Pacific Gas & Electric (PG&E) on Jan. 23 said a federal judge’s proposal that the utility mitigate fire danger in its service territory by trimming trees, along with inspecting and repairing thousands of miles of power lines, could cost the company as much as $150 billion this year.

William Alsup, a judge in the U.S. District Court for Northern California, earlier this month said he could order PG&E to remove or trim all trees that could threaten the utility’s equipment and possibly lead to wildfires. The judge said the work would need to be done by June 21.

The California Public Utilities Commission (CPUC), which regulates the state’s utilities, is expected to express its opinion of Alsup’s proposal by Jan. 25. A hearing on the proposal is scheduled for Jan. 30 in San Francisco, the day after PG&E is expected to file for bankruptcy.

Alsup is supervising PG&E’s probation term that began in 2017 after PG&E was convicted of felony charges stemming from a 2010 natural gas pipeline explosion in San Bruno, Calif., that left eight people dead. PG&E was fined $1.6 billion by the CPUC and $3 million by a federal judge after the San Bruno incident.

Investigators: Utility’s Equipment to Blame for Fires

The California Department of Forestry and Fire Protection (Cal Fire) has said PG&E equipment was responsible for starting at least a dozen of the 2017 wine country fires in the state, and it is investigating whether a faulty transmission tower caused the deadly Camp Fire last November. That fire killed 86 people.

The judge is trying to determine whether PG&E’s role in the wildfires represents a violation of its probation. He already has said that state investigators have determined that the utility’s equipment led to 18 wildfires in 2017, including 12 that could lead to criminal charges.

PG&E earlier this month gave its workers notice that it is preparing to file for bankruptcy, likely on Jan. 29. The company is reeling from the investigations into its role in the 2017 and 2018 wildfires that devastated California, burning hundreds of thousands of acres and leaving more than 100 people dead. PG&E’s stock price has been hammered and its credit rating has been cut to junk, and reports have said the company could be liable for as much as $30 billion in damages.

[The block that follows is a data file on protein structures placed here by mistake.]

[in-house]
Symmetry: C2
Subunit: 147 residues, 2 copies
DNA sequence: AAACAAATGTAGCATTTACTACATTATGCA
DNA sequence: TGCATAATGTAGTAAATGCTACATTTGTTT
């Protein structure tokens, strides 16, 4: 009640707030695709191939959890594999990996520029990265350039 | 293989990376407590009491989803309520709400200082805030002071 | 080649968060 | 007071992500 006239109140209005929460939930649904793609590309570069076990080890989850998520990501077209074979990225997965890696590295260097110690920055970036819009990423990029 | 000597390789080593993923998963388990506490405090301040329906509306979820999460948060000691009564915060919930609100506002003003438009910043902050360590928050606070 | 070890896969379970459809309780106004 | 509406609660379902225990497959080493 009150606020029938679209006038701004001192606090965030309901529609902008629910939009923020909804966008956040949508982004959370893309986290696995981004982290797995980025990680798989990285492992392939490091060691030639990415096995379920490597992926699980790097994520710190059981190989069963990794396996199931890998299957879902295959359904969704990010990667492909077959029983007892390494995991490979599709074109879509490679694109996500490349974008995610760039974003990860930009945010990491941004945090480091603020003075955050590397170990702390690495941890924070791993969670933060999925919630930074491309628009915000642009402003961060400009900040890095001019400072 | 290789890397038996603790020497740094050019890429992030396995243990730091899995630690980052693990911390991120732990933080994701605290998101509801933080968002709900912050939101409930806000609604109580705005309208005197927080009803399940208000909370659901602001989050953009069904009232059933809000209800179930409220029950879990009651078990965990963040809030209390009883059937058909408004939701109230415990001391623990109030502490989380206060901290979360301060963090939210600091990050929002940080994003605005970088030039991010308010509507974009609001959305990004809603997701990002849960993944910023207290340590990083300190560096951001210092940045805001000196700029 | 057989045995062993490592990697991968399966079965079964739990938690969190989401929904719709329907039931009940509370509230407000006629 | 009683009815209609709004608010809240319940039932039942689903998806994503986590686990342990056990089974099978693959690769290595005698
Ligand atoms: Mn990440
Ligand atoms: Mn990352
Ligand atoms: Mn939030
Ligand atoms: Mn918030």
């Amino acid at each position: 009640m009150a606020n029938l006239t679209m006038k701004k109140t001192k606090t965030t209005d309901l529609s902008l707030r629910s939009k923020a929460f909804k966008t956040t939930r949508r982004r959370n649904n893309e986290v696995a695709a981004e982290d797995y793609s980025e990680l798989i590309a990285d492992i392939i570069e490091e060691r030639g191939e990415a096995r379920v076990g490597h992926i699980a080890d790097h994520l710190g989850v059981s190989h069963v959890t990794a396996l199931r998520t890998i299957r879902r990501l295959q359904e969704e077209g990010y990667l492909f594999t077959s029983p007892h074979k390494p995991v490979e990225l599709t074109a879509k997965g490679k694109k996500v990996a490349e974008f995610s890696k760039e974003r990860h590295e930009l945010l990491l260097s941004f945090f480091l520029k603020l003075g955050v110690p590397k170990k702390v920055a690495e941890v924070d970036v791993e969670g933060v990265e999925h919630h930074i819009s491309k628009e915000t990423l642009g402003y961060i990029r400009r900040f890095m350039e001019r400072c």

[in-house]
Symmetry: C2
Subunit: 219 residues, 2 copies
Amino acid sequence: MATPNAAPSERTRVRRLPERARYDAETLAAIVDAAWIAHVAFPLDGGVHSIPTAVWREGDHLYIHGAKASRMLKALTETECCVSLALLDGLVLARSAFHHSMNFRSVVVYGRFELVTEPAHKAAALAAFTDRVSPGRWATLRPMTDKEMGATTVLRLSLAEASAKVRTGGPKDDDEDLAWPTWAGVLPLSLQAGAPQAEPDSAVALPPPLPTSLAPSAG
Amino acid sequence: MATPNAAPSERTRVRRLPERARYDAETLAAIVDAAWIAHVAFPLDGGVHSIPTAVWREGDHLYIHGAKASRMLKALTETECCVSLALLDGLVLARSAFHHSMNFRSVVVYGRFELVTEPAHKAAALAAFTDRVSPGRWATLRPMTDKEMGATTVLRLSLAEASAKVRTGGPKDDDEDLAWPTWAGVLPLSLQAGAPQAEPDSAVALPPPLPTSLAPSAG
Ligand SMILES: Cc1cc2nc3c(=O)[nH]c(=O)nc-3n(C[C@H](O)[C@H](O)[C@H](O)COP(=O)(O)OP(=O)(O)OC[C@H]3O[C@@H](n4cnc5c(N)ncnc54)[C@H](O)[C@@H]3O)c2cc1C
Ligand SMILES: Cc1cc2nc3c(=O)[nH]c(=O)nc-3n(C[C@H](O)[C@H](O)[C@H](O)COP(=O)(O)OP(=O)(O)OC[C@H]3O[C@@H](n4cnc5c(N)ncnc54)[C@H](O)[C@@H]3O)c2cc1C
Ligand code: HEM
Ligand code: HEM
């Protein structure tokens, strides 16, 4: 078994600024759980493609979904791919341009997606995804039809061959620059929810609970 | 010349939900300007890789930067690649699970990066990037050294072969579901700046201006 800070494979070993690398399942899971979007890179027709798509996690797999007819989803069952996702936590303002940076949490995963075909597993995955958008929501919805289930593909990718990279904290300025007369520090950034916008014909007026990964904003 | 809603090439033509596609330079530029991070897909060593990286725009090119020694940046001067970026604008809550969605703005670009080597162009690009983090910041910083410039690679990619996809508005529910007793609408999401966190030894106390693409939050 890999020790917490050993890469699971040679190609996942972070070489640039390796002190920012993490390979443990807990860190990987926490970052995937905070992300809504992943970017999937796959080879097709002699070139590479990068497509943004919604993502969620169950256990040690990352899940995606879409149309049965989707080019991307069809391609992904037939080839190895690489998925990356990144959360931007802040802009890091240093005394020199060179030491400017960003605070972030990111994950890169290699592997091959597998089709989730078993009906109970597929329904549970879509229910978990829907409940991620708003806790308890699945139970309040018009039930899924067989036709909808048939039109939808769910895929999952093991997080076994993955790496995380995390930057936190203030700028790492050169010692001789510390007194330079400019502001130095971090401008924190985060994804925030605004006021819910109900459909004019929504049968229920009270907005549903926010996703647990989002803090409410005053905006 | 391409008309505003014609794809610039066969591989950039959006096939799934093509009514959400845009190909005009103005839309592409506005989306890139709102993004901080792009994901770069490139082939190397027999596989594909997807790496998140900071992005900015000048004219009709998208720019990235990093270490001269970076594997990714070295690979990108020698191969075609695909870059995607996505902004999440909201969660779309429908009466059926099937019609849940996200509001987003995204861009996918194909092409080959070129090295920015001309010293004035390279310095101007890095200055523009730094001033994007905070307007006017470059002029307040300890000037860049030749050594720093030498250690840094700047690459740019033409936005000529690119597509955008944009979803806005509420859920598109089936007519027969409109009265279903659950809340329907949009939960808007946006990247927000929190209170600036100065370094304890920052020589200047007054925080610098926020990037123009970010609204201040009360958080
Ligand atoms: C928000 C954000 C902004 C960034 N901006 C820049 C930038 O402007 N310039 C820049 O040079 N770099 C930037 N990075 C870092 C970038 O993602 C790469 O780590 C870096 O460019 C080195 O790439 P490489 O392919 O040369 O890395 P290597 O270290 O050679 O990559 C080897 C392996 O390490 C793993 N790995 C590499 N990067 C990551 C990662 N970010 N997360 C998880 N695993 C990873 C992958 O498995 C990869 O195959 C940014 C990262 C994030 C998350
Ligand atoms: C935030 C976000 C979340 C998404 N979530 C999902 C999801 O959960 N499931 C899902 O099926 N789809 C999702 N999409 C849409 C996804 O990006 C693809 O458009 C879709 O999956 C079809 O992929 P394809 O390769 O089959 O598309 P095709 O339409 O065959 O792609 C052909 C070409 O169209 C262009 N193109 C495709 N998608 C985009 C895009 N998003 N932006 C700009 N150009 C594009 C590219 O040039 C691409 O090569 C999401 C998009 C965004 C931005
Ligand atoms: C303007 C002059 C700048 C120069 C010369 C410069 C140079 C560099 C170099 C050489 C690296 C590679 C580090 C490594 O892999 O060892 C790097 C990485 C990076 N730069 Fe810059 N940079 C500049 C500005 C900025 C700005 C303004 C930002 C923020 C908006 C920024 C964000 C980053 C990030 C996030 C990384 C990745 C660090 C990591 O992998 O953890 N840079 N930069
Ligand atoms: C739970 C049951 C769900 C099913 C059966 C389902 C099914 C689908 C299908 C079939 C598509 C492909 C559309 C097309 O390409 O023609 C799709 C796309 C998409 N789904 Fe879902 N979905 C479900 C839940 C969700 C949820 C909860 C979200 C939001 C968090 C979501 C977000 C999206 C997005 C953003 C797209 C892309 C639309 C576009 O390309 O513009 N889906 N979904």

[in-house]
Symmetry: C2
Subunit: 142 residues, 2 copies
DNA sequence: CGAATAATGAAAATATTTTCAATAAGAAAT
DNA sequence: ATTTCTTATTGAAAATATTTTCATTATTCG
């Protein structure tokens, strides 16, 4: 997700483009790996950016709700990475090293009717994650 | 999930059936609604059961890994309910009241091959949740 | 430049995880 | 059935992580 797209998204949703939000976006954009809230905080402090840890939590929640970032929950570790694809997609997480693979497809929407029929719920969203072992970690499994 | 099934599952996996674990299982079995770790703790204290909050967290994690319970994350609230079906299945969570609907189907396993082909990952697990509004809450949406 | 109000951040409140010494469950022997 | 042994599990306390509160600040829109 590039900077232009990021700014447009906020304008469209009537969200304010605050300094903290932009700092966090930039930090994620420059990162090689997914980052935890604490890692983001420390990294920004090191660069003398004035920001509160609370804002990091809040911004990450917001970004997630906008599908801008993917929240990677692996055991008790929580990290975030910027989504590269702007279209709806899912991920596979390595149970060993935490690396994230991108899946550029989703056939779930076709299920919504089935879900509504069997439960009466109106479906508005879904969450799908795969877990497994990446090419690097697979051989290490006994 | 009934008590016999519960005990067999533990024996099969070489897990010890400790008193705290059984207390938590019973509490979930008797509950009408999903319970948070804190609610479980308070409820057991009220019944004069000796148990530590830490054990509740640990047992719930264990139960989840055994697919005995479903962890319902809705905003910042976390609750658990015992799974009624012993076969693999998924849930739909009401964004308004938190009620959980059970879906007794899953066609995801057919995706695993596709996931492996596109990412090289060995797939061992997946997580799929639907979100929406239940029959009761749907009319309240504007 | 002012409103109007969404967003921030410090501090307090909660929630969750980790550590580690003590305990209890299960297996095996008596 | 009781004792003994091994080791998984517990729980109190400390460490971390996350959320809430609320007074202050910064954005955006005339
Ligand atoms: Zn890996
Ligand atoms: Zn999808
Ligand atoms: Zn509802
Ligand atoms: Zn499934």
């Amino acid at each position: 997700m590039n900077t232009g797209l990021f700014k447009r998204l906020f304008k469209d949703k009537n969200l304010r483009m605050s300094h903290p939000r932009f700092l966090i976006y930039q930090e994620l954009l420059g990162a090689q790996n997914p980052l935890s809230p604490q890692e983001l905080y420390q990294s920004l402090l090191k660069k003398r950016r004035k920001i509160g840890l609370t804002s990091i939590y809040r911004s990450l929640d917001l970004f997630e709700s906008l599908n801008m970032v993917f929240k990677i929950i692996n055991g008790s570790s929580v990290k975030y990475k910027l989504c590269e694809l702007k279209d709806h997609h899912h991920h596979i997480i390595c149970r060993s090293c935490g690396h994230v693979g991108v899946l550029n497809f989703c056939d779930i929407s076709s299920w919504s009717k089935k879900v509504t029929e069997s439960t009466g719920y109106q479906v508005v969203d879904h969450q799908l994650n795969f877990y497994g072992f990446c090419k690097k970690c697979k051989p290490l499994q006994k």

PG&E, in a response filed with the court Wednesday concerning Alsup’s proposal, said the work could cost as much as $150 billion and require 650,000 employees. The company in its filing said it “does not have the ability to raise those funds.” It said “the proposal is not feasible,” adding it could not hire the number of tree trimmers needed to meet the judge’s deadline, which was set with the start of the summer fire season in mind.

The $150 billion figure is five times the amount of PG&E’s expected liabilities for its role in the wildfires, and the company said it would have to “turn to California ratepayers for funding, resulting in a substantial increase—an estimated one-year increase of more than five times current rates in typical utility bills.” The company already has asked state regulators for a $1 billion rate increase to help support a planned wildfire safety effort.

PG&E also said the judge’s plan would create safety risks, as it would have to remove 100 million trees in its service territory. It also said the plan is a judicial over-reach that would “impermissibly intrude” on federal and state regulators’ oversight of PG&E, including the CPUC.

“The path forward to mitigating wildfire risk is best designed not through probation conditions, but rather through careful coordination with state and federal regulators, after appropriate consultation with other interested parties, based on the best science and engineering advice, with policy analysis that accounts for the full range of important but often conflicting social goals,” the company wrote in its filing.

The utility said it is committed to performing electrical system upgrades and wildfire forest mitigation, but said the separate criminal case against the company in Alsup’s court is not the venue to address those measures. Federal prosecutors have asked Alsup to work with a court-appointed monitor to determine ways San Francisco-based PG&E could prevent its equipment from starting fires.

Deliberate Blackouts

Alsup also has said he could require PG&E to deliberately turn off its power grid and cause blackouts during high-wind events, or if other dangerous conditions pose a risk to the utility’s equipment. PG&E began taking that step last fall, though it also said Alsup underestimates the complexity of intentional blackouts, and the associated risks to the public.

The company in its filing said, “PG&E understands and shares the court’s concern about the human and financial cost of the wildfires and the death and destruction they have wrought. PG&E knows that it must play a leading role to implement changes to substantially mitigate the risk of wildfire, and PG&E is embracing that role.”

Federal prosecutors in a separate filing Wednesday said Judge Alsup should defer to the court-ordered monitor who has been overseeing PG&E’s safety efforts since 2017. The monitor is Mark Filip, a partner with the Chicago and Washington, D.C.-based firm Kirkland & Ellis. Filip, who has represented several companies involved in government investigations into their operations (including BP in the Deepwater Horizon disaster case), in a court filing in early January wrote that he is trying “to push and drive PG&E to become a safer organization,” though he has not said whether progress has been made.

Darrell Proctor is a POWER associate editor (@DarrellProctor1, @POWERmagazine).